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Russian opposition leader Alexey Navalny arrested in Moscow on day of protests

Last Updated Jan 28, 2018 4:57 PM EST

MOSCOW -- Russian opposition leader Alexey Navalny was wrestled to the ground and forced into a police vehicle Sunday as he headed to a Moscow protest that was part of a day of nationwide demonstrations.

Navalny, the most prominent foe of President Vladimir Putin, organized the protests to urge a boycott of Russia's March 18 presidential election, in which Putin is sure to win a fourth term. 

The anti-corruption campaigner was denied permission to be a presidential candidate because of an embezzlement conviction in a case widely seen as politically motivated.

Sunday evening, the Reuters news agency reported that Navalny was released from police custody. Olga Mikhailova, his attorney, told Reuters that was let go without charge, but would have to face court at a later date.

If charged with violating laws on holding demonstrations, Navalny could face up to 30 days in jail, Reuters reported.

Sunday's protests gathered crowds through the sprawling nation despite frigid temperatures. Navalny's web page showed a small group of protesters in remote Yakutsk, where it was minus 45 Celsius (minus 49 Fahrenheit). 

People gather in a square during a rally of supporters of Russian opposition leader Navalny in Moscow

People gather in a square during a rally, held by supporters of Russian opposition leader Alexey Navalny for a boycott of a March 18 presidential election, in Moscow, Russia on Jan. 28, 2018.

Reuters

A crowd that police estimated at 1,000 people assembled in central Moscow's Pushkin Square, brandishing placards reading "They've stolen the election from us" and "Elections without Navalny are fake." Navalny was arrested as he walked down a main thoroughfare to the demonstration. Video on his YouTube channel showed Navalny struggling with police before they pushed him to the ground and then into a bus.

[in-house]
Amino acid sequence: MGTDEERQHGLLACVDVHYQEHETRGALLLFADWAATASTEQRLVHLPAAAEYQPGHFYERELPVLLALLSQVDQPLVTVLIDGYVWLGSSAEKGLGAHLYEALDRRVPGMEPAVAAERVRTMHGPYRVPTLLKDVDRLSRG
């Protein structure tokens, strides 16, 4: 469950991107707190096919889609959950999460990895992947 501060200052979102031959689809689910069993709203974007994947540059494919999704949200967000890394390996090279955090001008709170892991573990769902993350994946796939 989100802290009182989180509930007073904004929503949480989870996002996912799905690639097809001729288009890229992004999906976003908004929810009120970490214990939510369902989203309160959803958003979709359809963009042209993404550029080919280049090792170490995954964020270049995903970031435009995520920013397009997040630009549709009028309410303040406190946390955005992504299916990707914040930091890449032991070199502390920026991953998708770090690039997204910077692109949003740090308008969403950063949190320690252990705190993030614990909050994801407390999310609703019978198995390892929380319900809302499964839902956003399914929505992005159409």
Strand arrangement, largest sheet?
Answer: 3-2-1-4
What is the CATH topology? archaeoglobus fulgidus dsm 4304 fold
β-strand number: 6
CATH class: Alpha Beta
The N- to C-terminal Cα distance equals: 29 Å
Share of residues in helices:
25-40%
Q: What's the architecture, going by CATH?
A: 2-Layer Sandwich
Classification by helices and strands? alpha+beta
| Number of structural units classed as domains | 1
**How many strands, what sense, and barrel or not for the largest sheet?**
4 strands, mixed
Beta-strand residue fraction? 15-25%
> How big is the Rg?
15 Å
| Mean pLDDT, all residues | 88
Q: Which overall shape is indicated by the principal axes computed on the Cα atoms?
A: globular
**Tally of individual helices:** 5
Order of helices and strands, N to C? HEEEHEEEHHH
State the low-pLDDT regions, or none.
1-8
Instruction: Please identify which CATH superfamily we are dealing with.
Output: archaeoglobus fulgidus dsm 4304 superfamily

Navalny is barred from Russian television but attracts a wide audience on YouTube and social media. He told "60 Minutes" in December that he has raised almost $4 million from Russian supporters.  

He called on supporters to continue the demonstrations despite his arrest.

"They have detained me. This doesn't mean anything," he said on Twitter. "You didn't come out for me, but for your future."

Hours earlier, police raided Navalny's Moscow headquarters, where there is a studio for live video transmissions. One broadcaster on the stream said police apparently were using a grinder to try to get access to the studio.

The anchors said police said they had come because of an alleged bomb threat.

One anchor, Dmitri Nizovtsev, was detained by police during the raid, according to video broadcast by the headquarters. Navalny's Moscow coordinator, Nikolai Lyaskin, also was detained Sunday, the Interfax news agency quoted him as saying.

Demonstrations were reported throughout the country. Local news reports said about 1,000 Navalny supporters were marching in St. Petersburg.

The OVD-Info group, which monitors political arrests, reported scores of demonstrators had been detained at protests in cities including Murmansk, Ufa and Kemerovo.

Several hundred demonstrators assembled in the Pacific port city of Vladivostok, complaining both of Putin's rule and of Navalny's exclusion from the March 18 presidential election.

"They took these elections away from us, they took away our votes. Our candidate was not allowed to run," said Vladivostok demonstrator Dmitri Kutyaev.

Navalny rose to prominence with detailed reports about corruption among top Russian officials, which he popularized on social media to circumvent state control of television.

Last year, he called for two demonstrations that attracted people throughout the country, undermining critics' claims that he appeals only to a narrow segment of prosperous Russian urbanites.